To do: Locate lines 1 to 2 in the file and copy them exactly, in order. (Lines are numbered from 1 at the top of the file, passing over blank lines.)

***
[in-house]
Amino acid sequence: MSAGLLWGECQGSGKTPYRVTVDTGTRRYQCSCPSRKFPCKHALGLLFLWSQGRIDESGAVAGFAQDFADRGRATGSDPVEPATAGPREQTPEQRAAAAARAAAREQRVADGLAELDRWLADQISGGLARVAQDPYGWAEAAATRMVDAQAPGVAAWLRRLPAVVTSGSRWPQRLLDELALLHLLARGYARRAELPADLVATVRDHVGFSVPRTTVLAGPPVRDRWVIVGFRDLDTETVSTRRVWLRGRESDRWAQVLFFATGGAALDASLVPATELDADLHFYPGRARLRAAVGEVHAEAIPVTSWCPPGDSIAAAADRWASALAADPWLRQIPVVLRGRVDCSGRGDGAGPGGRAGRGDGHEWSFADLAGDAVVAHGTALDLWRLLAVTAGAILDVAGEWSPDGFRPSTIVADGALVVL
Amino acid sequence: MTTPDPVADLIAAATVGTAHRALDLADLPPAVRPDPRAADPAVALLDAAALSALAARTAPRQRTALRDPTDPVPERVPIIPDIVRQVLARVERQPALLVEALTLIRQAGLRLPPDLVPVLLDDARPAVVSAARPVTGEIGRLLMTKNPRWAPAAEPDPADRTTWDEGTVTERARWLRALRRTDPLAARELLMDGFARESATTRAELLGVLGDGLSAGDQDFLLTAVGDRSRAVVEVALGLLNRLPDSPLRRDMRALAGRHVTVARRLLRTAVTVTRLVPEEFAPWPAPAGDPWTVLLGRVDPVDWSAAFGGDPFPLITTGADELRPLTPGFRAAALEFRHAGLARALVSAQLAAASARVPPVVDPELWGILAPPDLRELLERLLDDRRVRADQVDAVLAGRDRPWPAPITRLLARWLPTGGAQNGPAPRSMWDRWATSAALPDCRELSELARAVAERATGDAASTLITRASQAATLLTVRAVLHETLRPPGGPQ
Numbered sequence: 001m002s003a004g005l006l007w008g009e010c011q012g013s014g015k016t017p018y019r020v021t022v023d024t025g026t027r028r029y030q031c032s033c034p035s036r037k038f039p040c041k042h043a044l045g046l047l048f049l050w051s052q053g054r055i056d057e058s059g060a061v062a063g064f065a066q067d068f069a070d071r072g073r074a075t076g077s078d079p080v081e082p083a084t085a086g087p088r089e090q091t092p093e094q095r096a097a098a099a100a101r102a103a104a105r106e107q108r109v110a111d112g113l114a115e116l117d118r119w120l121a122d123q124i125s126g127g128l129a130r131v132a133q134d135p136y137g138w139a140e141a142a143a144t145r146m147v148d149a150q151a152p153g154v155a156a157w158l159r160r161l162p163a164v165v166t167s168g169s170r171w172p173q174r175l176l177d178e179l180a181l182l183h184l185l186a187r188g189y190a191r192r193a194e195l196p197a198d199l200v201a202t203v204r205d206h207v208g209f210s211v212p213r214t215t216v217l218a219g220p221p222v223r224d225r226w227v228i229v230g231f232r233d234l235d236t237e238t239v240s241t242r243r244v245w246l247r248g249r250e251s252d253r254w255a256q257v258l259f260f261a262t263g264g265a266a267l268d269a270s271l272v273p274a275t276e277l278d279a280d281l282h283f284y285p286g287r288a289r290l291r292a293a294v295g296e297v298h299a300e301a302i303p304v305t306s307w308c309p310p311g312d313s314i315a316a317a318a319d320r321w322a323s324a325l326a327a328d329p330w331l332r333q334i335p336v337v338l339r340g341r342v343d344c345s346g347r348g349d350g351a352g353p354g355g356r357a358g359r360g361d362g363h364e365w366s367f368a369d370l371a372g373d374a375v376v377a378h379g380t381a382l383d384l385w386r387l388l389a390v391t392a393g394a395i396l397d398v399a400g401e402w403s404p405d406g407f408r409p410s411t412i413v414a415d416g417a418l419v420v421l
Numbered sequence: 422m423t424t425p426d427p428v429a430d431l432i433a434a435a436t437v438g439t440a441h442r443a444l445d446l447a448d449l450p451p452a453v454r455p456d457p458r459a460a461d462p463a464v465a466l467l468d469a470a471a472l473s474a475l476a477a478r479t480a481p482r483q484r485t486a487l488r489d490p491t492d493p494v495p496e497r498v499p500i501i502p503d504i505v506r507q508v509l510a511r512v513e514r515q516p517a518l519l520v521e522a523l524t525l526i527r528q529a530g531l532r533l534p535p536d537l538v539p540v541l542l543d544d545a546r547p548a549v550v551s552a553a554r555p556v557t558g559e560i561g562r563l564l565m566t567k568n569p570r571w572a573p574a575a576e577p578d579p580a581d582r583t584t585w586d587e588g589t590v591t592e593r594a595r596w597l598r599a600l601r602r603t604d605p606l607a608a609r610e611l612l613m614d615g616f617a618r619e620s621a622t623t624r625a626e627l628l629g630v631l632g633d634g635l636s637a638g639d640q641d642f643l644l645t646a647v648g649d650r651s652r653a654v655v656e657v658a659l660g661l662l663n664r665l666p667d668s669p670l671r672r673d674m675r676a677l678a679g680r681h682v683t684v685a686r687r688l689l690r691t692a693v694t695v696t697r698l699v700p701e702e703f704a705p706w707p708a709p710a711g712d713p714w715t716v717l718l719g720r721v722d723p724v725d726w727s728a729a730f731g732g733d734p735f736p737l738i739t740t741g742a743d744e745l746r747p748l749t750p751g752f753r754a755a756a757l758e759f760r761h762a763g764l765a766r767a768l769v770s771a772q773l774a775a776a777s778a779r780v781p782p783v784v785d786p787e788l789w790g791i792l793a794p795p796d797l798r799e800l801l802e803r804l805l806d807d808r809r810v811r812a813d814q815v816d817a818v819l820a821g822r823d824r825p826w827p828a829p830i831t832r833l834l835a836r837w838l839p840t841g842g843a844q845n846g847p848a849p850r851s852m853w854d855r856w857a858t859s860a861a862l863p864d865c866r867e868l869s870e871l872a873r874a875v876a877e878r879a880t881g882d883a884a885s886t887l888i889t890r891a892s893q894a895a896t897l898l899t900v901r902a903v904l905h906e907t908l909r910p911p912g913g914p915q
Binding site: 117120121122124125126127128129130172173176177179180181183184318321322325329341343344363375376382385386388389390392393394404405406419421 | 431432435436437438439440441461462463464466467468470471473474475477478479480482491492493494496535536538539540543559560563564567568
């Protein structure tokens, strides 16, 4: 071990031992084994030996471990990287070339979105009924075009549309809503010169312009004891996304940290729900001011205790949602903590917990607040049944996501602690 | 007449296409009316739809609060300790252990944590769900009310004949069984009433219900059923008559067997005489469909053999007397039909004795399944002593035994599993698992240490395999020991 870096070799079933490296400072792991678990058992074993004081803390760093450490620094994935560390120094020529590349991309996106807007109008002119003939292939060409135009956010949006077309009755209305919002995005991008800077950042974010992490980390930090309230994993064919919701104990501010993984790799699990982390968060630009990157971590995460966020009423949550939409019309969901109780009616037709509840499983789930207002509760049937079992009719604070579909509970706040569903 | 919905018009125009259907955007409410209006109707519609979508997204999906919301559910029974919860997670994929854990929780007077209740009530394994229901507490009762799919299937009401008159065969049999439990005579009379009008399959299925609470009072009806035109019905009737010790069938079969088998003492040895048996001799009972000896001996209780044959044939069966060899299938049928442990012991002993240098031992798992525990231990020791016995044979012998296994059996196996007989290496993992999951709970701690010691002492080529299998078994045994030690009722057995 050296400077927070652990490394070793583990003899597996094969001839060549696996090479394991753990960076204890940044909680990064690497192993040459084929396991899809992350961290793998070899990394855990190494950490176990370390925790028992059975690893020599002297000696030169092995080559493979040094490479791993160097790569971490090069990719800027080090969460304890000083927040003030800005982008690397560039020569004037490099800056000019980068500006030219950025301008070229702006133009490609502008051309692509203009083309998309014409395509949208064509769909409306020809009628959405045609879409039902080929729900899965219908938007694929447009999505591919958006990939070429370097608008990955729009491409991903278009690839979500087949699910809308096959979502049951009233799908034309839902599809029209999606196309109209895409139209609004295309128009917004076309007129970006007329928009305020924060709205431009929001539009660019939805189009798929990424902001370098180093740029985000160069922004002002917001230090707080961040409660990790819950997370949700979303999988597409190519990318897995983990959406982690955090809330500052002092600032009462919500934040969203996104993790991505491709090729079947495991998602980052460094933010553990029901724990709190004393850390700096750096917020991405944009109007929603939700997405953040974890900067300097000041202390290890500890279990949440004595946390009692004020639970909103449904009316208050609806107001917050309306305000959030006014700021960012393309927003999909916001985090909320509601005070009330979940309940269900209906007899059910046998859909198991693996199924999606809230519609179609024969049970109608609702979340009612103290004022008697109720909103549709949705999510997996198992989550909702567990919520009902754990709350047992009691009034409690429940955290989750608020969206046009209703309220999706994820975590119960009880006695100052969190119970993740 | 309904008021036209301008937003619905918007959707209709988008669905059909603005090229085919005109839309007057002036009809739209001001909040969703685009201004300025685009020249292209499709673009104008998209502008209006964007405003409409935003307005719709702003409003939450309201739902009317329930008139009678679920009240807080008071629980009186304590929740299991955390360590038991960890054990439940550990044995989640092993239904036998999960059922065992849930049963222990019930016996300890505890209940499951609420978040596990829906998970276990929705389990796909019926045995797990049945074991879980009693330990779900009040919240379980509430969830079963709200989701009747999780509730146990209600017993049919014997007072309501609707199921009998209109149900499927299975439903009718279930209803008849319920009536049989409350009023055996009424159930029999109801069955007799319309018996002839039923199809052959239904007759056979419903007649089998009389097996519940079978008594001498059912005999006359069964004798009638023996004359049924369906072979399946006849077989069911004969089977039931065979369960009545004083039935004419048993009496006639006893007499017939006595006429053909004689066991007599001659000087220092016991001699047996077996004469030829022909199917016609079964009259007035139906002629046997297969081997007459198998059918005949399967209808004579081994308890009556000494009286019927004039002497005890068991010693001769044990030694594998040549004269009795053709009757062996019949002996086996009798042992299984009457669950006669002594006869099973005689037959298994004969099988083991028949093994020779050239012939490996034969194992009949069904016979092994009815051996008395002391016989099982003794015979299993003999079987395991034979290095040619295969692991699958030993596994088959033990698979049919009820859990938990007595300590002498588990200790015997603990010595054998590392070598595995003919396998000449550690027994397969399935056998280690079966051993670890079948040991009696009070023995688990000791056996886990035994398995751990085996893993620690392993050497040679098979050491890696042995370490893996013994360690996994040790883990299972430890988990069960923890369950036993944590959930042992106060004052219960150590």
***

[in-house]
Amino acid sequence: MSAGLLWGECQGSGKTPYRVTVDTGTRRYQCSCPSRKFPCKHALGLLFLWSQGRIDESGAVAGFAQDFADRGRATGSDPVEPATAGPREQTPEQRAAAAARAAAREQRVADGLAELDRWLADQISGGLARVAQDPYGWAEAAATRMVDAQAPGVAAWLRRLPAVVTSGSRWPQRLLDELALLHLLARGYARRAELPADLVATVRDHVGFSVPRTTVLAGPPVRDRWVIVGFRDLDTETVSTRRVWLRGRESDRWAQVLFFATGGAALDASLVPATELDADLHFYPGRARLRAAVGEVHAEAIPVTSWCPPGDSIAAAADRWASALAADPWLRQIPVVLRGRVDCSGRGDGAGPGGRAGRGDGHEWSFADLAGDAVVAHGTALDLWRLLAVTAGAILDVAGEWSPDGFRPSTIVADGALVVL